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Cord blood claims questioned

Expectations for umbilical-cord stem cells may be too high

5 February 2003
Helen Pearson

Parents paying to freeze their child's umbilical-cord blood in the hope of fighting future disease, may be over-optimistic, suggests new research. The banked cells appear unlikely to repair the brain.

A growing number of parents are attempting to insure their child's future health by storing a vial of blood drained from its umbilical cord at birth. According to the medical companies offering the service, the stem cells this contains could cure conditions from leukaemia to dementia.

Some of these claims are overblown, warns Evan Snyder of Harvard Medical School in Boston. He has preliminary evidence that cord blood cells cannot generate new brain cells easily - which would be needed to treat a stroke, or Parkinson's or Alzheimer's disease. "I object to [the practice of] giving false hope," he says.

Snyder's group examined the autopsied brain of a deceased 20-month-old girl who, at nine months of age, had received an experimental transfusion of a male's cord blood to treat her rare brain disease. They looked for nerve cells derived from the blood - and found none.

Other scientists echo Snyder's concerns. "[Blood] cells banked as they are will not be very useful except for a bone-marrow transplant," argues Juan Sanchez-Ramos of the University of South Florida in Tampa.

Sanchez-Ramos carried out some of the first promising studies that suggest that, in the lab at least, stem cells from cord blood can generate nerve-like cells spontaneously. Two years down the line, he now believes that perhaps only one in a million cells can do this. "I wouldn't want the public to be misled," he says.

Drawing blood

For banking, blood left in the umbilical cord and placenta is syringed out minutes after a baby's birth and the cord has been cut. Vials are shipped to the storage lab, where the valuable blood cells and stem cells are filtered out and kept in liquid nitrogen.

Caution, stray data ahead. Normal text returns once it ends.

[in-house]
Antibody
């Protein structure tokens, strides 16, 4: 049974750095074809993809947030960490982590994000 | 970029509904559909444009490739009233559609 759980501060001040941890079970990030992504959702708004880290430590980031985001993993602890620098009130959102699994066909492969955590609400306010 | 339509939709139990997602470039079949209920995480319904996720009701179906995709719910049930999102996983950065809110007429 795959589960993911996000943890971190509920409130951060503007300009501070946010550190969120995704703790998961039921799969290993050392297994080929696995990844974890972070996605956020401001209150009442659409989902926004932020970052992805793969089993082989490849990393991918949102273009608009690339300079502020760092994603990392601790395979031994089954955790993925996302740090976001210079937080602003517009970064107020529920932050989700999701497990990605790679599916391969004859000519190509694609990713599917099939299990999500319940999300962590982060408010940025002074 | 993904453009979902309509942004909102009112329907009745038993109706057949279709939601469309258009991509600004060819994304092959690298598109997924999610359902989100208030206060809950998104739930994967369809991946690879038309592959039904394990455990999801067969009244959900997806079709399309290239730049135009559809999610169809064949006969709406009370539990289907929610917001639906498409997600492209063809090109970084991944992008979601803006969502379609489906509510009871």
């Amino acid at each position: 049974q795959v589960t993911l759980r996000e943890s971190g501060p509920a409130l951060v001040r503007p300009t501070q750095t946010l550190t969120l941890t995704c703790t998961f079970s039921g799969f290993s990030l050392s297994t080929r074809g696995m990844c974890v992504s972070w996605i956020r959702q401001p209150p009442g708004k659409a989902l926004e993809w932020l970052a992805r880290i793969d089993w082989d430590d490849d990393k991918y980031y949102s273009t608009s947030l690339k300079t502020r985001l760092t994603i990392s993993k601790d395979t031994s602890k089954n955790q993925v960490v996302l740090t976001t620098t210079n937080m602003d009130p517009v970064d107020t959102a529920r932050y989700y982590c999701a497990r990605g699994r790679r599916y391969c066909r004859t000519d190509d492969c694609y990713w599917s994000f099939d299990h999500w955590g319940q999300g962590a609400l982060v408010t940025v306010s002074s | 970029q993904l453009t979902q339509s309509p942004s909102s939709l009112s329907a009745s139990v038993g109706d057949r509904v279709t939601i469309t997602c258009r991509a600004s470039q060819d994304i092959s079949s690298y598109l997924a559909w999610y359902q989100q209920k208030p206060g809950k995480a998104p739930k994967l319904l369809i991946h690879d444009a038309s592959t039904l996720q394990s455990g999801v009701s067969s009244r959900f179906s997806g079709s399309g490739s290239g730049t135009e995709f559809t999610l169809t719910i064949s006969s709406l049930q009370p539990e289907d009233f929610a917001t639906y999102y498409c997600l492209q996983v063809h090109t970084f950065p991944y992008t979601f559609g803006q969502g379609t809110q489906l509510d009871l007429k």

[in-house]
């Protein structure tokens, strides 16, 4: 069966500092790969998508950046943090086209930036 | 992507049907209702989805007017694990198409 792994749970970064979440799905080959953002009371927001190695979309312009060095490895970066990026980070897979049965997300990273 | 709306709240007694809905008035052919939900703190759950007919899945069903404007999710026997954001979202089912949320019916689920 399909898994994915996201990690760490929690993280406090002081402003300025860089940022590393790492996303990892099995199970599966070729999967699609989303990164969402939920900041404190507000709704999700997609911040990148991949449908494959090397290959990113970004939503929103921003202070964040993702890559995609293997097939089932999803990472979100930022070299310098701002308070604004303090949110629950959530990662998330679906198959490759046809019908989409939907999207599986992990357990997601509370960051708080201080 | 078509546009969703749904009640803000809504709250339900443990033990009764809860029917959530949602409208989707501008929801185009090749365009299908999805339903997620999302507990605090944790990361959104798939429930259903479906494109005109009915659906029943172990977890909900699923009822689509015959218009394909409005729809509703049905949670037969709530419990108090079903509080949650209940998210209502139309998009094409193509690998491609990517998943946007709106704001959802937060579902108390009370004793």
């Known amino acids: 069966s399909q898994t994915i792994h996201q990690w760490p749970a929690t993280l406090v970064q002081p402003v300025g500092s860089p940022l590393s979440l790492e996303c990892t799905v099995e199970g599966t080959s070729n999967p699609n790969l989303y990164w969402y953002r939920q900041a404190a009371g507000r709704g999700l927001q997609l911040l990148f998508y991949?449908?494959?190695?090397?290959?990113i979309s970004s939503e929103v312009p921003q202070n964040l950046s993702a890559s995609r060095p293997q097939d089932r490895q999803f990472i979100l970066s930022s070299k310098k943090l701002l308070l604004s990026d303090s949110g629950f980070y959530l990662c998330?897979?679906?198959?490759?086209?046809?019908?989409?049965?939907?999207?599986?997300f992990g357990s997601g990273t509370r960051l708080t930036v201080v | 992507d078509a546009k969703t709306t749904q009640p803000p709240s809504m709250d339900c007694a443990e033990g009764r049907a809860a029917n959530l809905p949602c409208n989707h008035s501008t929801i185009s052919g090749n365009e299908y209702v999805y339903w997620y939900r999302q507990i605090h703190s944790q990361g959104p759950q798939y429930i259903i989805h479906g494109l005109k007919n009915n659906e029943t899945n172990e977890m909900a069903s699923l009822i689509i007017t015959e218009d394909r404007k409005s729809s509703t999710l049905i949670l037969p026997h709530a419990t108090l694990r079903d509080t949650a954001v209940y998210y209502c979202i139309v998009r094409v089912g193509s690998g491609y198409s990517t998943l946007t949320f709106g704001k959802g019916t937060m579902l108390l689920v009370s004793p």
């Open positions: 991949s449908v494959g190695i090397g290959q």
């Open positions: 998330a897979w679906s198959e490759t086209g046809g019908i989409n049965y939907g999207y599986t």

These stockpiled cells can save lives. But so far, doctors have mainly used stores in public banks to treat unrelated people with rare blood cancers or genetic diseases. The young cells are often better tolerated than are adult bone-marrow transplants.

Parents who use private banks hope that the cells could save their child if they develop such a disease. This likelihood is very slim, warns Joanne Kurtzberg, director of the paediatric stem-cell transplant programme at Duke University in Durham, North Carolina. "I think [banks] are playing on people's fears," she says.

According to the website of the Cord Blood Registry, the biggest private US bank, "many doctors and scientists believe that in the future, stem cells may be used to repair brain or spinal cord damage". For $1,385 - plus $95 a year for storage - the bank freezes a vial of cord blood.

David Harris, scientific director of the Cord Blood Registry, argues that his company's information is not misleading because it portrays the science as work in progress. "We try to present it even-handedly," he says.

In the United States private cord-blood banks voluntarily submit to inspection by the US Food and Drug Administration. In the majority of European countries (including UK, Netherlands, Belgium, Austria) there is no regulation; in France it is banned.

Despite their concerns, scientists admit that future research on cord blood cells could reveal new medical uses. For example, Sanchez-Ramos has found (but not published) evidence that a few special stem cells can be isolated from cord blood in the laboratory. Treating them with specific growth factors seems to help them produce new nerve cells, he says.

"In 20-50 years these cells might be a life-saver," he says, "but I'd be reluctant to give a guarantee."

© Nature News Service